Featured Research

from universities, journals, and other organizations

Results in treatment in verrucae

Date:
September 22, 2011
Source:
National Institute for Health Research
Summary:
New research has shown no evidence of a difference in clearance rates between patient self-treatment and treatment given by a healthcare professional for verrucae. Verrucae (a type of wart) are a common, infectious and sometimes painful problem. Although most verrucae will spontaneously disappear without treatment, many patients seek treatment to remove a verruca due to it being painful or because they are being prevented from doing sports.

Research from the UK has shown no evidence of a difference in clearance rates between patient self-treatment and treatment given by a healthcare professional for verrucae.

Related Articles


Verrucae (a type of wart) are a common, infectious and sometimes painful problem. It has been estimated that almost two million people per year see their GP about treating their warts at a cost of at least £40 million per annum in the UK alone. Although most verrucae will spontaneously disappear without treatment, many patients seek treatment to remove a verruca due to it being painful or because they are being prevented from doing sports.

Researchers led by Sarah Cockayne of the University of York compared the clinical and cost-effectiveness of cryotherapy using liquid nitrogen given by a healthcare professional (a freezing method considered to be a more painful treatment) versus salicylic acid applied by the patient for the treatment of verrucae.

Mrs Cockayne commented; "There are many different methods of treating verruca but very little good quality research has been done to determine what is the best form of treatment. There is some evidence to suggest that salicylic acid is effective and safe but there is no clear evidence that cryotherapy is more effective than treatment with salicylic acid. "

A total of 240 participants were recruited to the trial with 117 patients allocated to receive cryotherapy given by a healthcare professional and 123 patients to self-treatment with salicylic acid. Participants were recruited from fourteen sites in England, Scotland and Ireland.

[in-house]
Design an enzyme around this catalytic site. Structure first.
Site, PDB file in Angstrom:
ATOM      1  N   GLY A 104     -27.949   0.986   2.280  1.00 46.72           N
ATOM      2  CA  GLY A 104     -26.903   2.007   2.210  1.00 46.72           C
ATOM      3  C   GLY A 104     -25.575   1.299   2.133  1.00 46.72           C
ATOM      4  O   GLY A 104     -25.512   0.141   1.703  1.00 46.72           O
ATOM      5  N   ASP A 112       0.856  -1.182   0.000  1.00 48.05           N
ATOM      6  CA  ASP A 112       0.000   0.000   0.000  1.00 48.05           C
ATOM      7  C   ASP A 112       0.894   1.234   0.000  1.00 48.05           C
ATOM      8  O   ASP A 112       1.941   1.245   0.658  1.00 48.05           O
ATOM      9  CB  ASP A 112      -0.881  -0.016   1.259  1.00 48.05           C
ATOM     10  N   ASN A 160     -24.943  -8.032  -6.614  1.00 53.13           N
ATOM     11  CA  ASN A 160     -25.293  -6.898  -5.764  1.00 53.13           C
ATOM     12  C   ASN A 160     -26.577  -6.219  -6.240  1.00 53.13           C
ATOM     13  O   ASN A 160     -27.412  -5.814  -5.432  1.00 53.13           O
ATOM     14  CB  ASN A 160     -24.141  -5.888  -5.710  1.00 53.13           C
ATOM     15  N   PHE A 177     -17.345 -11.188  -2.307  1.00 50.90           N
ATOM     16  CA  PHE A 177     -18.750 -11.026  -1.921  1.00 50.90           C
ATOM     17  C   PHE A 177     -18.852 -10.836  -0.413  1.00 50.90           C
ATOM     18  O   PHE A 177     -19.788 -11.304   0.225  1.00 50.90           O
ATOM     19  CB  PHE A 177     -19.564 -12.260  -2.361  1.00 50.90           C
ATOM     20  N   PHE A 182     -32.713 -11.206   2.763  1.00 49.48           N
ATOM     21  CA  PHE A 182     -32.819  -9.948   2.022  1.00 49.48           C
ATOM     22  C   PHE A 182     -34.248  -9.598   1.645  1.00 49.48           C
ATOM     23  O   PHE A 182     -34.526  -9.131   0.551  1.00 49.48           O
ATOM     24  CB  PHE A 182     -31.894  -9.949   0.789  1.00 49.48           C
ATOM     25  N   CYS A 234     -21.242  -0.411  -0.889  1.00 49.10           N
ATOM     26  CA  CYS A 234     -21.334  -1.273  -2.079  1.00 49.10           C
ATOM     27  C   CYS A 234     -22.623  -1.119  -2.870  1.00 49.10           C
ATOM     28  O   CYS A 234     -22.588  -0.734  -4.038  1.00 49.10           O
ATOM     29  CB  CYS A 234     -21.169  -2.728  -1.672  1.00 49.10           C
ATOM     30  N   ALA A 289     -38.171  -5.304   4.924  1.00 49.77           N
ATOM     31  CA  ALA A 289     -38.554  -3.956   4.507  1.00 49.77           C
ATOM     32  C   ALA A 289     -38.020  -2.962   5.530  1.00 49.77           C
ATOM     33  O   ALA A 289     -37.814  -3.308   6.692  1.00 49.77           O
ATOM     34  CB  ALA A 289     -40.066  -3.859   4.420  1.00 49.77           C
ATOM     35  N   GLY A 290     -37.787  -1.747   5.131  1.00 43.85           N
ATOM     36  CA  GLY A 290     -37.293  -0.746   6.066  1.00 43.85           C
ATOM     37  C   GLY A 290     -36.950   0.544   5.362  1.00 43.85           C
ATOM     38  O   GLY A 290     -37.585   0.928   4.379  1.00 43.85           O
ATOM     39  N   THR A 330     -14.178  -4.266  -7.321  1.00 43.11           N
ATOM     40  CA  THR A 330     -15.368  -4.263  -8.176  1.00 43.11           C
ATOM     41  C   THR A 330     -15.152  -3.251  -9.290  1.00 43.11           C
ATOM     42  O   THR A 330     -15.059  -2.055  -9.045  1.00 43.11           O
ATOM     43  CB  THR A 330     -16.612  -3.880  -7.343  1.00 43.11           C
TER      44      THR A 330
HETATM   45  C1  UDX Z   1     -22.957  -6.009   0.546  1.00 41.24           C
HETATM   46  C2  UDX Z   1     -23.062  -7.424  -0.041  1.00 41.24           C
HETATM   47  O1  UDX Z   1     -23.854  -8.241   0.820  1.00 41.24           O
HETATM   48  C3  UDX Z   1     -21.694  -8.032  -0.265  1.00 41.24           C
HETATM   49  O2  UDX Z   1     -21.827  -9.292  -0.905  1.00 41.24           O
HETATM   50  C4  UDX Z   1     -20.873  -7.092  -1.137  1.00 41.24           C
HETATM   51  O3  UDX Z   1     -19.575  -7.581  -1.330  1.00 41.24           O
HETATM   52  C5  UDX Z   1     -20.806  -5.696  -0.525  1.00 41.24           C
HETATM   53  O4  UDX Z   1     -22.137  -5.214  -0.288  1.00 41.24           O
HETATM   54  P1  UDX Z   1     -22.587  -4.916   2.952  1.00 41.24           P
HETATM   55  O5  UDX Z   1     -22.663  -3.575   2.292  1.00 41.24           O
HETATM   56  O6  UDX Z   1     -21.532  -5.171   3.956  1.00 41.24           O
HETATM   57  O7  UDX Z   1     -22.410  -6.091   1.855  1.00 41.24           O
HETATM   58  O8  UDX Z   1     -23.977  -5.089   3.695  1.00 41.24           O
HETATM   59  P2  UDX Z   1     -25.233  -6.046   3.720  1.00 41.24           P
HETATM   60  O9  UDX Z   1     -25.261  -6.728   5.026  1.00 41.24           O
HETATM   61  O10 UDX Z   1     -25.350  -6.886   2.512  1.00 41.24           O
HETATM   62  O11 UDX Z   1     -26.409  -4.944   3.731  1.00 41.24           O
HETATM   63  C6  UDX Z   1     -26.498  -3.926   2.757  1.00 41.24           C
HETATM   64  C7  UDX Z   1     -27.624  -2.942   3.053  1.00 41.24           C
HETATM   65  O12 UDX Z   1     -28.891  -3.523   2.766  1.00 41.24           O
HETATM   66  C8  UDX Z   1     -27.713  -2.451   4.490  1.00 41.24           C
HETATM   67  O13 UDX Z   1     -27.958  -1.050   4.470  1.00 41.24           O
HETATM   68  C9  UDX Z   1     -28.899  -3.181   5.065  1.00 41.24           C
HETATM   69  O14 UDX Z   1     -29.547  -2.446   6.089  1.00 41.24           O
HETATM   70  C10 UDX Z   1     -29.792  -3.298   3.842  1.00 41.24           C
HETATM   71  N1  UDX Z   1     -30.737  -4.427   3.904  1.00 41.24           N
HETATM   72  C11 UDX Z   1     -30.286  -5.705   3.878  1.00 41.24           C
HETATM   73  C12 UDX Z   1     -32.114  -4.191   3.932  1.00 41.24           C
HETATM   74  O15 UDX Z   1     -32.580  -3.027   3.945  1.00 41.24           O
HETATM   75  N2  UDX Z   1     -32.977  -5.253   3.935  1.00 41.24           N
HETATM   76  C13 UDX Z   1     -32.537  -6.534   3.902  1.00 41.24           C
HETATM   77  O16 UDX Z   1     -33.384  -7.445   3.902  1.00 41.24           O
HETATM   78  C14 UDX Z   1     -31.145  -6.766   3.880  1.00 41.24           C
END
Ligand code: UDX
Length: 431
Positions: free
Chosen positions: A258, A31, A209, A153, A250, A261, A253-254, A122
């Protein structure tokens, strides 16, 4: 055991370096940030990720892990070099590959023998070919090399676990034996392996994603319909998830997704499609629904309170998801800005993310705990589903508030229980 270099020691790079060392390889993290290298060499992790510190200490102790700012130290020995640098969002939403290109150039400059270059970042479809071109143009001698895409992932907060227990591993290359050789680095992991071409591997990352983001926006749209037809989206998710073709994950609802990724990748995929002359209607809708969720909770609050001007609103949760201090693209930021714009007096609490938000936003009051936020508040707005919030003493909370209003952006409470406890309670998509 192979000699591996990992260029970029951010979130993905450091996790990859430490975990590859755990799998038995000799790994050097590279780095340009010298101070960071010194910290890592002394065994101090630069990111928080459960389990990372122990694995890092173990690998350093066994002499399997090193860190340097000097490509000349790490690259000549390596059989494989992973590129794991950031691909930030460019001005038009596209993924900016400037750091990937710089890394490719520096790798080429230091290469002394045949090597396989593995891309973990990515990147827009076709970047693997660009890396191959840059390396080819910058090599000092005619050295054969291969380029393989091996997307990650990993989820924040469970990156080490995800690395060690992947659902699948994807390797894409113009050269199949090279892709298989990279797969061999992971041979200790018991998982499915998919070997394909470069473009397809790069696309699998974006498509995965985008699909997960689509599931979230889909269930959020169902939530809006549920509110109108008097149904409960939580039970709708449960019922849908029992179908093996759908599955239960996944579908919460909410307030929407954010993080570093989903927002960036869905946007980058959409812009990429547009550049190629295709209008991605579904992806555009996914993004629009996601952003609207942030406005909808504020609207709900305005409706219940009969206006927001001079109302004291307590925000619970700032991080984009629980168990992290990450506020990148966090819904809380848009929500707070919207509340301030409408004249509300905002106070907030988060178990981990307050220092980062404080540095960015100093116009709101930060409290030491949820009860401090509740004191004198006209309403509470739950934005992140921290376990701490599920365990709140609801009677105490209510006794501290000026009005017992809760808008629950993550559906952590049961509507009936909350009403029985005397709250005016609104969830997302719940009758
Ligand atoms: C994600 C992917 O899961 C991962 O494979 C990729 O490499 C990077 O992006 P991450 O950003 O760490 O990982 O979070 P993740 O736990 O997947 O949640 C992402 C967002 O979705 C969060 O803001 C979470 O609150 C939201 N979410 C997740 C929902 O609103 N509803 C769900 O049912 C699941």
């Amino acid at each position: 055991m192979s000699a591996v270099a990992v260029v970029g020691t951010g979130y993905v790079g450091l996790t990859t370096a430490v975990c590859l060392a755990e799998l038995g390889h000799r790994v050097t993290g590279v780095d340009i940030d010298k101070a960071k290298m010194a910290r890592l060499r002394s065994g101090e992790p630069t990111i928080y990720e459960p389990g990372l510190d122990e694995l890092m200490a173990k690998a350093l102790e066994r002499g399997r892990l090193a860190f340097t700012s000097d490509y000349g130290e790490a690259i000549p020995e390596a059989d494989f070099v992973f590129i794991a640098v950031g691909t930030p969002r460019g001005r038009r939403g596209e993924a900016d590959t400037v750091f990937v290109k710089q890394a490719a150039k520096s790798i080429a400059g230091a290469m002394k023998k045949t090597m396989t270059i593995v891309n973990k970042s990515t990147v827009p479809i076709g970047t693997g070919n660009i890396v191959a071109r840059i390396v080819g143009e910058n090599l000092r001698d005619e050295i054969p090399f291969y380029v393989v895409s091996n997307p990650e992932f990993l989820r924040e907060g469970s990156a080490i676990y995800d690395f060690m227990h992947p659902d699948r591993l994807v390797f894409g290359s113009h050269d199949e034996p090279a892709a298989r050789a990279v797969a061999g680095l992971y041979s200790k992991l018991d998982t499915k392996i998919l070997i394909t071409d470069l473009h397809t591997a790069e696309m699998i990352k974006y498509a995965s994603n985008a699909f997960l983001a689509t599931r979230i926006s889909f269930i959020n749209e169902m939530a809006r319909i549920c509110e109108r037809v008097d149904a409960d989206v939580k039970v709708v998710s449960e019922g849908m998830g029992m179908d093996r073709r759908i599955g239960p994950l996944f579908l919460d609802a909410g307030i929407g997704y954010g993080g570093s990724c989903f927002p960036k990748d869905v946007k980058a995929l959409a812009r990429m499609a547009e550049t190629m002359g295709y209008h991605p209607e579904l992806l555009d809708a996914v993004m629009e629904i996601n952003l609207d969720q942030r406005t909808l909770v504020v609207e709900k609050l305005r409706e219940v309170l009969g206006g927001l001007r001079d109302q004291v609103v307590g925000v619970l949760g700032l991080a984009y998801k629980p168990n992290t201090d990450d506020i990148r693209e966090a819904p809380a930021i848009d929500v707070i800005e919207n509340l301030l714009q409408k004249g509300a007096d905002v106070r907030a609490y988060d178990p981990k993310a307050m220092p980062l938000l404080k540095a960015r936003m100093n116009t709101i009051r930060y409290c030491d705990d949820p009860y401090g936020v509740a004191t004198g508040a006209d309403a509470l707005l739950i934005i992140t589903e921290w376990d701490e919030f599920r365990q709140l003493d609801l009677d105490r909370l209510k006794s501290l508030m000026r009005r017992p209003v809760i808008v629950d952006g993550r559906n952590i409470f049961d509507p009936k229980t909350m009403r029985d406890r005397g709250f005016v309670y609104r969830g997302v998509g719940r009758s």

The first cryotherapy treatment was a gentle freeze lasting ten seconds with subsequent treatments undertaken according to the site's usual practice. Debridement, masking and padding of the site were also undertaken according to the site's usual practice. Participants randomised to self-treatment with salicylic acid were instructed to apply it once daily for a maximum of eight weeks.

Results showed that there was no evidence of a difference in clearance rates of verrucae between the groups at 12 weeks and at six months after enrolling into the study. Cryotherapy was also associated with higher mean costs per additional healed patient compared to salicylic acid.

The results of the study did not change when the analysis was repeated but controlled for age, whether or not the verrucae had been previously treated and type of verrucae or patients' preferences. However, the results are only applicable to verrucae or plantar warts and not warts at other sites, such as the hands, which may respond differently to cryotherapy.

Mrs Cockayne added; "We were motivated to conduct this trial when the Cochrane systematic review into the treatment of cutaneous warts highlighted the lack of good quality evidence to support the use of cryotherapy over simple topical treatments. Healthcare professionals will need to write patient information sheets in such a way to give patients realistic expectations in relation to the effectiveness of cryotherapy treatment."